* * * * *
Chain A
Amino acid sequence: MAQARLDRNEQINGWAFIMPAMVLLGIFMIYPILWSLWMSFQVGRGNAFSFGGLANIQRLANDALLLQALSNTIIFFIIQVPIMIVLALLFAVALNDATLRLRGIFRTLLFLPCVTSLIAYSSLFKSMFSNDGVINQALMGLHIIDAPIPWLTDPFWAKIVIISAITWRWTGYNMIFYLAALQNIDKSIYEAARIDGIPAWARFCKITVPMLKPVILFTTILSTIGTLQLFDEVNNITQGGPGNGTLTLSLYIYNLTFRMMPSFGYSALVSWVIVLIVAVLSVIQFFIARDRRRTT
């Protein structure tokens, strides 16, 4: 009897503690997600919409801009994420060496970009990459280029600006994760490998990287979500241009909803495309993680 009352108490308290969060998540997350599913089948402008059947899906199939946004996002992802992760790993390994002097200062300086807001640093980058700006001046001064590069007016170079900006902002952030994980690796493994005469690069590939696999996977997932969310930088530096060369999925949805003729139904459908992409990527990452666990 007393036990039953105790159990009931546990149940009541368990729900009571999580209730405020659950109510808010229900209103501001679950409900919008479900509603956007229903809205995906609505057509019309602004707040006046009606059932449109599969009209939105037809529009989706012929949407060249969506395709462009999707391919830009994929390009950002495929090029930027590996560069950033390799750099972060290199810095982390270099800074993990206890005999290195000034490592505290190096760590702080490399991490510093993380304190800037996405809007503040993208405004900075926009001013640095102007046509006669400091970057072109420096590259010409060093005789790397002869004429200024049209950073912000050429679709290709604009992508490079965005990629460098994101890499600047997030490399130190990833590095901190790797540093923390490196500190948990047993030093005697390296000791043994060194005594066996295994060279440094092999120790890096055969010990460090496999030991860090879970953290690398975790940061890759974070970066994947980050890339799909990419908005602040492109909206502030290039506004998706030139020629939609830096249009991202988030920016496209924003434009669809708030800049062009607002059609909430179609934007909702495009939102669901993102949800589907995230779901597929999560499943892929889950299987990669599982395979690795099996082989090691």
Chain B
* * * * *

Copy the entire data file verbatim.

Chain A
Amino acid sequence: MAQARLDRNEQINGWAFIMPAMVLLGIFMIYPILWSLWMSFQVGRGNAFSFGGLANIQRLANDALLLQALSNTIIFFIIQVPIMIVLALLFAVALNDATLRLRGIFRTLLFLPCVTSLIAYSSLFKSMFSNDGVINQALMGLHIIDAPIPWLTDPFWAKIVIISAITWRWTGYNMIFYLAALQNIDKSIYEAARIDGIPAWARFCKITVPMLKPVILFTTILSTIGTLQLFDEVNNITQGGPGNGTLTLSLYIYNLTFRMMPSFGYSALVSWVIVLIVAVLSVIQFFIARDRRRTT
């Protein structure tokens, strides 16, 4: 009897503690997600919409801009994420060496970009990459280029600006994760490998990287979500241009909803495309993680 009352108490308290969060998540997350599913089948402008059947899906199939946004996002992802992760790993390994002097200062300086807001640093980058700006001046001064590069007016170079900006902002952030994980690796493994005469690069590939696999996977997932969310930088530096060369999925949805003729139904459908992409990527990452666990 007393036990039953105790159990009931546990149940009541368990729900009571999580209730405020659950109510808010229900209103501001679950409900919008479900509603956007229903809205995906609505057509019309602004707040006046009606059932449109599969009209939105037809529009989706012929949407060249969506395709462009999707391919830009994929390009950002495929090029930027590996560069950033390799750099972060290199810095982390270099800074993990206890005999290195000034490592505290190096760590702080490399991490510093993380304190800037996405809007503040993208405004900075926009001013640095102007046509006669400091970057072109420096590259010409060093005789790397002869004429200024049209950073912000050429679709290709604009992508490079965005990629460098994101890499600047997030490399130190990833590095901190790797540093923390490196500190948990047993030093005697390296000791043994060194005594066996295994060279440094092999120790890096055969010990460090496999030991860090879970953290690398975790940061890759974070970066994947980050890339799909990419908005602040492109909206502030290039506004998706030139020629939609830096249009991202988030920016496209924003434009669809708030800049062009607002059609909430179609934007909702495009939102669901993102949800589907995230779901597929999560499943892929889950299987990669599982395979690795099996082989090691």
Chain B